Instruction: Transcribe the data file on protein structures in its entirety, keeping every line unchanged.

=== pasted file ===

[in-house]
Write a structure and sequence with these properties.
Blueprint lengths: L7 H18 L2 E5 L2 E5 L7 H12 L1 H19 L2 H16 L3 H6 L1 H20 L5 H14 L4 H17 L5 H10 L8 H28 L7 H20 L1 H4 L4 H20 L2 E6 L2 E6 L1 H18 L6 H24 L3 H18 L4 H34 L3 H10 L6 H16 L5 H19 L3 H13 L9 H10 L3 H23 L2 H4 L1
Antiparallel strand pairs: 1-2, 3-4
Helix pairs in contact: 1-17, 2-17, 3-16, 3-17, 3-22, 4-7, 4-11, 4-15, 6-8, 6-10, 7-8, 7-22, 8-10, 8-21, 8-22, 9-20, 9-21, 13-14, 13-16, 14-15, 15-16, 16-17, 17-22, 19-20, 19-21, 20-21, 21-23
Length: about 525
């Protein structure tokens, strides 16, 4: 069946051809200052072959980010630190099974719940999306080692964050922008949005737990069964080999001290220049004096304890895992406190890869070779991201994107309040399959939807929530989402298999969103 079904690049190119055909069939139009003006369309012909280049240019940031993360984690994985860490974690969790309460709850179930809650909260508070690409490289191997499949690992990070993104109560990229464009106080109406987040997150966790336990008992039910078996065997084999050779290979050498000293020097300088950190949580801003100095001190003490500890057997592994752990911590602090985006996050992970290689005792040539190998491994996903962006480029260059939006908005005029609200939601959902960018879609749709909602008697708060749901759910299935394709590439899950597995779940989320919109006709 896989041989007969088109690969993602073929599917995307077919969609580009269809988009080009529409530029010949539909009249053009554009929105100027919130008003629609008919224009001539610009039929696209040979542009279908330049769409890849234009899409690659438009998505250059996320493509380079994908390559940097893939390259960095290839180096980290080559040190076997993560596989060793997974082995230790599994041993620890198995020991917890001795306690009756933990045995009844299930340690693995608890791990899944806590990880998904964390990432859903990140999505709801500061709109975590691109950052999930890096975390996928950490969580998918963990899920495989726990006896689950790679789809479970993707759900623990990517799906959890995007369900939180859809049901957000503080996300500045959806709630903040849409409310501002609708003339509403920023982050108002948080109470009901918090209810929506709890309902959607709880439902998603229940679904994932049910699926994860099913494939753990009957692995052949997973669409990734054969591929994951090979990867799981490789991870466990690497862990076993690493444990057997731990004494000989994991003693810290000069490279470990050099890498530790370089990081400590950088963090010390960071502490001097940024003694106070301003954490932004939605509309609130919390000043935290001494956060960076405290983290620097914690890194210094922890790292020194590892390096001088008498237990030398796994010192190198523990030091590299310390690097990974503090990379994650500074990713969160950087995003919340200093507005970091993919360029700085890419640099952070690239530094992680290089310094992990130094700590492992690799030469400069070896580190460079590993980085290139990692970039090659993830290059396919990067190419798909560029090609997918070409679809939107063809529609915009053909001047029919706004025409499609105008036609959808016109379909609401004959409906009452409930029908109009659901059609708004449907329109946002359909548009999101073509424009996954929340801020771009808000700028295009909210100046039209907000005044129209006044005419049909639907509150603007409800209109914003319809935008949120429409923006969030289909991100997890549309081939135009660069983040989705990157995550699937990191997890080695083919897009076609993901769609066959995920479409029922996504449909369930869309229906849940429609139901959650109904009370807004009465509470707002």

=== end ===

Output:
[in-house]
Write a structure and sequence with these properties.
Blueprint lengths: L7 H18 L2 E5 L2 E5 L7 H12 L1 H19 L2 H16 L3 H6 L1 H20 L5 H14 L4 H17 L5 H10 L8 H28 L7 H20 L1 H4 L4 H20 L2 E6 L2 E6 L1 H18 L6 H24 L3 H18 L4 H34 L3 H10 L6 H16 L5 H19 L3 H13 L9 H10 L3 H23 L2 H4 L1
Antiparallel strand pairs: 1-2, 3-4
Helix pairs in contact: 1-17, 2-17, 3-16, 3-17, 3-22, 4-7, 4-11, 4-15, 6-8, 6-10, 7-8, 7-22, 8-10, 8-21, 8-22, 9-20, 9-21, 13-14, 13-16, 14-15, 15-16, 16-17, 17-22, 19-20, 19-21, 20-21, 21-23
Length: about 525
């Protein structure tokens, strides 16, 4: 069946051809200052072959980010630190099974719940999306080692964050922008949005737990069964080999001290220049004096304890895992406190890869070779991201994107309040399959939807929530989402298999969103 079904690049190119055909069939139009003006369309012909280049240019940031993360984690994985860490974690969790309460709850179930809650909260508070690409490289191997499949690992990070993104109560990229464009106080109406987040997150966790336990008992039910078996065997084999050779290979050498000293020097300088950190949580801003100095001190003490500890057997592994752990911590602090985006996050992970290689005792040539190998491994996903962006480029260059939006908005005029609200939601959902960018879609749709909602008697708060749901759910299935394709590439899950597995779940989320919109006709 896989041989007969088109690969993602073929599917995307077919969609580009269809988009080009529409530029010949539909009249053009554009929105100027919130008003629609008919224009001539610009039929696209040979542009279908330049769409890849234009899409690659438009998505250059996320493509380079994908390559940097893939390259960095290839180096980290080559040190076997993560596989060793997974082995230790599994041993620890198995020991917890001795306690009756933990045995009844299930340690693995608890791990899944806590990880998904964390990432859903990140999505709801500061709109975590691109950052999930890096975390996928950490969580998918963990899920495989726990006896689950790679789809479970993707759900623990990517799906959890995007369900939180859809049901957000503080996300500045959806709630903040849409409310501002609708003339509403920023982050108002948080109470009901918090209810929506709890309902959607709880439902998603229940679904994932049910699926994860099913494939753990009957692995052949997973669409990734054969591929994951090979990867799981490789991870466990690497862990076993690493444990057997731990004494000989994991003693810290000069490279470990050099890498530790370089990081400590950088963090010390960071502490001097940024003694106070301003954490932004939605509309609130919390000043935290001494956060960076405290983290620097914690890194210094922890790292020194590892390096001088008498237990030398796994010192190198523990030091590299310390690097990974503090990379994650500074990713969160950087995003919340200093507005970091993919360029700085890419640099952070690239530094992680290089310094992990130094700590492992690799030469400069070896580190460079590993980085290139990692970039090659993830290059396919990067190419798909560029090609997918070409679809939107063809529609915009053909001047029919706004025409499609105008036609959808016109379909609401004959409906009452409930029908109009659901059609708004449907329109946002359909548009999101073509424009996954929340801020771009808000700028295009909210100046039209907000005044129209006044005419049909639907509150603007409800209109914003319809935008949120429409923006969030289909991100997890549309081939135009660069983040989705990157995550699937990191997890080695083919897009076609993901769609066959995920479409029922996504449909369930869309229906849940429609139901959650109904009370807004009465509470707002």